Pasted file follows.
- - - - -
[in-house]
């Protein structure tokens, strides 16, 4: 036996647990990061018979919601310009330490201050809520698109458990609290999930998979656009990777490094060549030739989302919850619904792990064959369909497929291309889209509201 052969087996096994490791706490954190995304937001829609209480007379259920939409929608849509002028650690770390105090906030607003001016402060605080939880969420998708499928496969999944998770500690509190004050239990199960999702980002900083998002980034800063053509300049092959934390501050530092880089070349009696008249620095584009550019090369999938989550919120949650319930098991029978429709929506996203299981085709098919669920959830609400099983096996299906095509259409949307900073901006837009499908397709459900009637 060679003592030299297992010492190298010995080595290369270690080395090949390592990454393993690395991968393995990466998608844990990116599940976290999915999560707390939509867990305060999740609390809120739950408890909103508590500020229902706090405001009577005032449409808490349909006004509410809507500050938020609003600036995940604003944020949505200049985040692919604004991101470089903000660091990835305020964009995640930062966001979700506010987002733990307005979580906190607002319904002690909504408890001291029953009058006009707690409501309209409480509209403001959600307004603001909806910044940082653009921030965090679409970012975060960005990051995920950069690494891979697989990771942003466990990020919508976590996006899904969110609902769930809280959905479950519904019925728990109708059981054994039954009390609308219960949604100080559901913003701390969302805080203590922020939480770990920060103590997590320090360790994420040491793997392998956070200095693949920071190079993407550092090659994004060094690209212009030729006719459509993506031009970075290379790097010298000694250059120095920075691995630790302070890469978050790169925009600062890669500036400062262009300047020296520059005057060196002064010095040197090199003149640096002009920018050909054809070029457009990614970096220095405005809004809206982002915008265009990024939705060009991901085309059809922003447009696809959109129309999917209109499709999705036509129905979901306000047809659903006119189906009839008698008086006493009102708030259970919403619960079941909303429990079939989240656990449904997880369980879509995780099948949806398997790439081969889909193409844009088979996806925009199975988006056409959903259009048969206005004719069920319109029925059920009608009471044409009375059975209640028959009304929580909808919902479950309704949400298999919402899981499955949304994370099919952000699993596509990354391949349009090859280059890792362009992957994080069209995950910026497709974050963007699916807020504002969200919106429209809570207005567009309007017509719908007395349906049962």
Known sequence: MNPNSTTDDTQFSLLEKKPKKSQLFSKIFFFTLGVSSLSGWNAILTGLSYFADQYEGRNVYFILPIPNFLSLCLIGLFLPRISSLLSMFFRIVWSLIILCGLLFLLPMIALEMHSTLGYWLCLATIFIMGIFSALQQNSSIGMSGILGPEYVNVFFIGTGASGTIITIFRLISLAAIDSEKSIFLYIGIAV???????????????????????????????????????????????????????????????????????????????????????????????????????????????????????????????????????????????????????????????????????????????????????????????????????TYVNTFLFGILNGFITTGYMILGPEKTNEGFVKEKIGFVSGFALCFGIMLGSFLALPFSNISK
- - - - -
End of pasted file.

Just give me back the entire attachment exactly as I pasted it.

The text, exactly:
[in-house]
């Protein structure tokens, strides 16, 4: 036996647990990061018979919601310009330490201050809520698109458990609290999930998979656009990777490094060549030739989302919850619904792990064959369909497929291309889209509201 052969087996096994490791706490954190995304937001829609209480007379259920939409929608849509002028650690770390105090906030607003001016402060605080939880969420998708499928496969999944998770500690509190004050239990199960999702980002900083998002980034800063053509300049092959934390501050530092880089070349009696008249620095584009550019090369999938989550919120949650319930098991029978429709929506996203299981085709098919669920959830609400099983096996299906095509259409949307900073901006837009499908397709459900009637 060679003592030299297992010492190298010995080595290369270690080395090949390592990454393993690395991968393995990466998608844990990116599940976290999915999560707390939509867990305060999740609390809120739950408890909103508590500020229902706090405001009577005032449409808490349909006004509410809507500050938020609003600036995940604003944020949505200049985040692919604004991101470089903000660091990835305020964009995640930062966001979700506010987002733990307005979580906190607002319904002690909504408890001291029953009058006009707690409501309209409480509209403001959600307004603001909806910044940082653009921030965090679409970012975060960005990051995920950069690494891979697989990771942003466990990020919508976590996006899904969110609902769930809280959905479950519904019925728990109708059981054994039954009390609308219960949604100080559901913003701390969302805080203590922020939480770990920060103590997590320090360790994420040491793997392998956070200095693949920071190079993407550092090659994004060094690209212009030729006719459509993506031009970075290379790097010298000694250059120095920075691995630790302070890469978050790169925009600062890669500036400062262009300047020296520059005057060196002064010095040197090199003149640096002009920018050909054809070029457009990614970096220095405005809004809206982002915008265009990024939705060009991901085309059809922003447009696809959109129309999917209109499709999705036509129905979901306000047809659903006119189906009839008698008086006493009102708030259970919403619960079941909303429990079939989240656990449904997880369980879509995780099948949806398997790439081969889909193409844009088979996806925009199975988006056409959903259009048969206005004719069920319109029925059920009608009471044409009375059975209640028959009304929580909808919902479950309704949400298999919402899981499955949304994370099919952000699993596509990354391949349009090859280059890792362009992957994080069209995950910026497709974050963007699916807020504002969200919106429209809570207005567009309007017509719908007395349906049962």
Known sequence: MNPNSTTDDTQFSLLEKKPKKSQLFSKIFFFTLGVSSLSGWNAILTGLSYFADQYEGRNVYFILPIPNFLSLCLIGLFLPRISSLLSMFFRIVWSLIILCGLLFLLPMIALEMHSTLGYWLCLATIFIMGIFSALQQNSSIGMSGILGPEYVNVFFIGTGASGTIITIFRLISLAAIDSEKSIFLYIGIAV???????????????????????????????????????????????????????????????????????????????????????????????????????????????????????????????????????????????????????????????????????????????????????????????????????TYVNTFLFGILNGFITTGYMILGPEKTNEGFVKEKIGFVSGFALCFGIMLGSFLALPFSNISK